BSc Physics with Astrophysics

Year of entry: 2024

Course unit details:
Computational Physics

Course unit fact file
Unit code PHYS20762
Credit rating 10
Unit level Level 2
Teaching period(s) Semester 2
Available as a free choice unit? No


Computational Physics


Unit title Unit code Requirement type Description
Introduction to Programming for Physicists PHYS20161 Pre-Requisite Compulsory


To give an introduction to the techniques of computational physics and dynamic high-level scripting programming languages.

Learning outcomes

On completion successful students will be able to:
1. Write programs using dynamic high-level scripting programming languages and carry out data analysis in them.
2. Use classical numerical methods (Euler and higher order) to find solutions of ordinary differential equations.
3. Use Monte Carlo techniques and associated statistical methods.
4. Use numerical solutions to analyse the behaviour of a physical system (such as a driven oscillator).


1. Use of high-level scripting language for data analysis.
a) Definitions of variables and arrays; scalar and array operations; built in and user-defined functions;
b) Working with data sets: file input / output. Data visualization and plotting;
c) Revision of error analysis: X2 analysis, errors on fitting coefficients, propagation of errors;
Project 1 is formative, but will not directly contribute to your final mark.
2. Numerical methods and the solution of ordinary differential equations
a) Introduction to numerical computing; errors in numerical methods.
b) Numerical methods for solving ordinary differential equations; Euler’s method; higher order methods, symplectic methods;
c) Implementation of numerical methods.
d) The linear driven damped oscillator; phase space; conserved quantities; sources of simulation error.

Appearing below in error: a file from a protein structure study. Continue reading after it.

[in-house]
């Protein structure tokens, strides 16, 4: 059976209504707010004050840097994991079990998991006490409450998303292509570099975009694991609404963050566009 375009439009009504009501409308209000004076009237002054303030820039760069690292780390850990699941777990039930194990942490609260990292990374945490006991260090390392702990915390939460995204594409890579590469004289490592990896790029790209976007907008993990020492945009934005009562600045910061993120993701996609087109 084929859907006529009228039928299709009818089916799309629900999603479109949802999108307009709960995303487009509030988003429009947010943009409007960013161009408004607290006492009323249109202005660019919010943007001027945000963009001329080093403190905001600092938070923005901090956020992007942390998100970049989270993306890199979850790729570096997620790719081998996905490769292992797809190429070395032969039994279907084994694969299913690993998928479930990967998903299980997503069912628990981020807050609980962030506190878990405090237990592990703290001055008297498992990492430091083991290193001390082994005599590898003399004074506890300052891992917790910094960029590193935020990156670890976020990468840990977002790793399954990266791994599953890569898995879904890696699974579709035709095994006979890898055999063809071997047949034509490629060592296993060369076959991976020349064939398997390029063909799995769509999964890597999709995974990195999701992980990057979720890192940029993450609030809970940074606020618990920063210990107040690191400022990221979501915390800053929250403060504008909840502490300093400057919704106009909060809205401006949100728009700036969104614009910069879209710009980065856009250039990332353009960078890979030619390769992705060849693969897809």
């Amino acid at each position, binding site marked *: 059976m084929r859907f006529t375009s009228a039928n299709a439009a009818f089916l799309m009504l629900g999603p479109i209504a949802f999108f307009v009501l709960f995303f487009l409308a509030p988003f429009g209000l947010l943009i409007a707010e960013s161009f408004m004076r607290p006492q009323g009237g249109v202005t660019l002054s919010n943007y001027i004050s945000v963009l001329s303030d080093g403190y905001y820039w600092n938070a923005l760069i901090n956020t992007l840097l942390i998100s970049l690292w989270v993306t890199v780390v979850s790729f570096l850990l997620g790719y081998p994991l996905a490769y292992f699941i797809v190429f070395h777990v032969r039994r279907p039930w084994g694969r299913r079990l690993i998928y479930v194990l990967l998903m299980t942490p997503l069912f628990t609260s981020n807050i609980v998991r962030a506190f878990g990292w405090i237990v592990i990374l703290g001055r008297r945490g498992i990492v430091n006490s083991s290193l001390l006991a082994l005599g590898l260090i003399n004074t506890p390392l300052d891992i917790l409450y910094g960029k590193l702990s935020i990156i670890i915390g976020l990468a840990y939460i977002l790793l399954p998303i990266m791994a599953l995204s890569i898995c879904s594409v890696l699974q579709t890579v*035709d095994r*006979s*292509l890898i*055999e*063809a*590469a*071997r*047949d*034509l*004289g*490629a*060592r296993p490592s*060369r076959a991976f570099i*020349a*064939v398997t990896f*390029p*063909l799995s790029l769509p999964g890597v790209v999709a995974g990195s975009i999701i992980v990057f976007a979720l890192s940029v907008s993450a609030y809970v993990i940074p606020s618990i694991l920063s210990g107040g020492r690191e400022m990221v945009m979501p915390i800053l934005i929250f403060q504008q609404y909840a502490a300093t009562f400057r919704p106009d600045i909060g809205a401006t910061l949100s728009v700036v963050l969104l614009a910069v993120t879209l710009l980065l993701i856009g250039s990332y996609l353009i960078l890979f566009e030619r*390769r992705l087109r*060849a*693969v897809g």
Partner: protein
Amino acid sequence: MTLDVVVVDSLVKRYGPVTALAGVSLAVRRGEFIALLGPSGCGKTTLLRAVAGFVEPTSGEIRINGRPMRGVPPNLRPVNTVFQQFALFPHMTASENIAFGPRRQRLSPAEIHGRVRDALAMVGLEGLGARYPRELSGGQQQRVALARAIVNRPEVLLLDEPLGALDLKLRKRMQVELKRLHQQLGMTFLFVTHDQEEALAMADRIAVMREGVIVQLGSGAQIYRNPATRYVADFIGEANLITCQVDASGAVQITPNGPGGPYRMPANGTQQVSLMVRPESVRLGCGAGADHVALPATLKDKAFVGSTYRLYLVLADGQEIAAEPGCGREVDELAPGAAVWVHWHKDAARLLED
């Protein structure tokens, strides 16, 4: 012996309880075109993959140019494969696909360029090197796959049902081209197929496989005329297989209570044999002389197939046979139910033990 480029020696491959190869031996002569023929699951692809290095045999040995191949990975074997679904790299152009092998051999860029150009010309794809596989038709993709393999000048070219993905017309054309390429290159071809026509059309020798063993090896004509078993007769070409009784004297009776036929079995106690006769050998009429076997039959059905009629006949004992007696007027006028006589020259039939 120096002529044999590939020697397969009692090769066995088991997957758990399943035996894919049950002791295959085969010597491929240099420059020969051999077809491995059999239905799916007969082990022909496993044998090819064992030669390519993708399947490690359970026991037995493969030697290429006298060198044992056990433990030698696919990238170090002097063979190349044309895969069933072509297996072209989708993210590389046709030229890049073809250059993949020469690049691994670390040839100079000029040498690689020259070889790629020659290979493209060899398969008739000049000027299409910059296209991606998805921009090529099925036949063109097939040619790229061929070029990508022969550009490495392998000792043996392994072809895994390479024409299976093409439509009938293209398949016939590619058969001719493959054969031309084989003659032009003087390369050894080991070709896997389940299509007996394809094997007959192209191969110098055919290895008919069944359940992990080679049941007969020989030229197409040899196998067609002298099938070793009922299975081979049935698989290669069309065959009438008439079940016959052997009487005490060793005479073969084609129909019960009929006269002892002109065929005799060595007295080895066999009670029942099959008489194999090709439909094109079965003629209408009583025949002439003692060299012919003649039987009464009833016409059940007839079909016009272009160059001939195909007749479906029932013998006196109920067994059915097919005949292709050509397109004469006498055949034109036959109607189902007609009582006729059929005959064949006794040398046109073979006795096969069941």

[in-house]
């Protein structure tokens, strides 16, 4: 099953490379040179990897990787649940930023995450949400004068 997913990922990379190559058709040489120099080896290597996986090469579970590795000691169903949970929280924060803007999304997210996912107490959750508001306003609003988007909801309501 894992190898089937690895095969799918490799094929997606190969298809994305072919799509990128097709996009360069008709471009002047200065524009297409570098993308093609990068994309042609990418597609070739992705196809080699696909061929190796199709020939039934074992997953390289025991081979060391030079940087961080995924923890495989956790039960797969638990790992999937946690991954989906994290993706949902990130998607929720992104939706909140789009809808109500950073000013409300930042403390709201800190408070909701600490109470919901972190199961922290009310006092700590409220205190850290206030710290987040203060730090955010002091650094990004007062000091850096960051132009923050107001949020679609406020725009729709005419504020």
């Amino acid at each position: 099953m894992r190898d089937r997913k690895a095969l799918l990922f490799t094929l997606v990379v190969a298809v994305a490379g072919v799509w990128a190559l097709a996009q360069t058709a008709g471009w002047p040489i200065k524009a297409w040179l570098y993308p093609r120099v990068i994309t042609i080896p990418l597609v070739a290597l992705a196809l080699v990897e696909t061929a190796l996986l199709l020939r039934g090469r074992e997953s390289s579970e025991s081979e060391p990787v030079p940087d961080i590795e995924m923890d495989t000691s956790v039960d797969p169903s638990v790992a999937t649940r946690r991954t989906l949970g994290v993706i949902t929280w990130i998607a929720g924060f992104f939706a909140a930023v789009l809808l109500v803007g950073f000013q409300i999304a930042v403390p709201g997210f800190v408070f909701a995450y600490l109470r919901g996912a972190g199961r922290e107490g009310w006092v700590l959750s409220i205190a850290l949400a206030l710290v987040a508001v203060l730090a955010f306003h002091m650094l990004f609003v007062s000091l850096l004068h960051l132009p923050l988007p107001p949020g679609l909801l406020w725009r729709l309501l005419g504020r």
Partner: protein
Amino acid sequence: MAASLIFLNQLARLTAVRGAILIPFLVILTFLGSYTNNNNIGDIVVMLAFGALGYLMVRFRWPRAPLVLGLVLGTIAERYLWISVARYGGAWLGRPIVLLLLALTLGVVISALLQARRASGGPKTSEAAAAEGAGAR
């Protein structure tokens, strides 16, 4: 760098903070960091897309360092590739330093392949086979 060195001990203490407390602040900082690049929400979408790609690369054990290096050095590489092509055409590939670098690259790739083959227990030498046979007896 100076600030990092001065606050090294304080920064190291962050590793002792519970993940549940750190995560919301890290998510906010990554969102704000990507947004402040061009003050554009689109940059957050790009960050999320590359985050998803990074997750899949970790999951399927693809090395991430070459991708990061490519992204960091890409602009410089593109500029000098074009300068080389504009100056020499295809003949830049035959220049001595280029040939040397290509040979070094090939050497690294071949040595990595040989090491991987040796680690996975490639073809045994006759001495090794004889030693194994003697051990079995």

Project 2 will constitute 50% of the final mark.
3. The Monte Carlo method and its applications.
a) Introduction to Monte Carlo methods; Monte Carlo integration; classical problems;
b) Pseudorandom sampling; methods of generating samples with given probability density;
c) Applications of Monte Carlo methods;
d) Statistical errors.
Project 3
Will constitute 50% of the final mark.

Assessment methods

You will carry out 3 short projects (as an individual, not in a pair or group). You must PASS projects 1 (receive more than 40%) to be allowed to submit projects 2 and 3. The final two projects contribute 50% each to the final mark, respectively. 

Feedback methods

Feedback will be given orally by demonstrators during lab sessions and additional written feedback  will be provided with the mark for each project. 

Recommended reading

Learning Scientific Programming with Python

Hill, Christian 2015

Titus, A.B. Introduction to Numerical Programming: A Practical Guide for Scientists and Engineers
Garcia, A.L. Numerical Methods for Physics (Prentice Hall 1994)

Study hours

Scheduled activity hours
Practical classes & workshops 36
Independent study hours
Independent study 64

Teaching staff

Staff member Role
Saeed Bahramy Unit coordinator
Draga Pihler-Puzovic Unit coordinator

Additional notes

All material for the unit, such as videos, example scripts and notes, is available online via Blackboard.

* Tutorial = online classes

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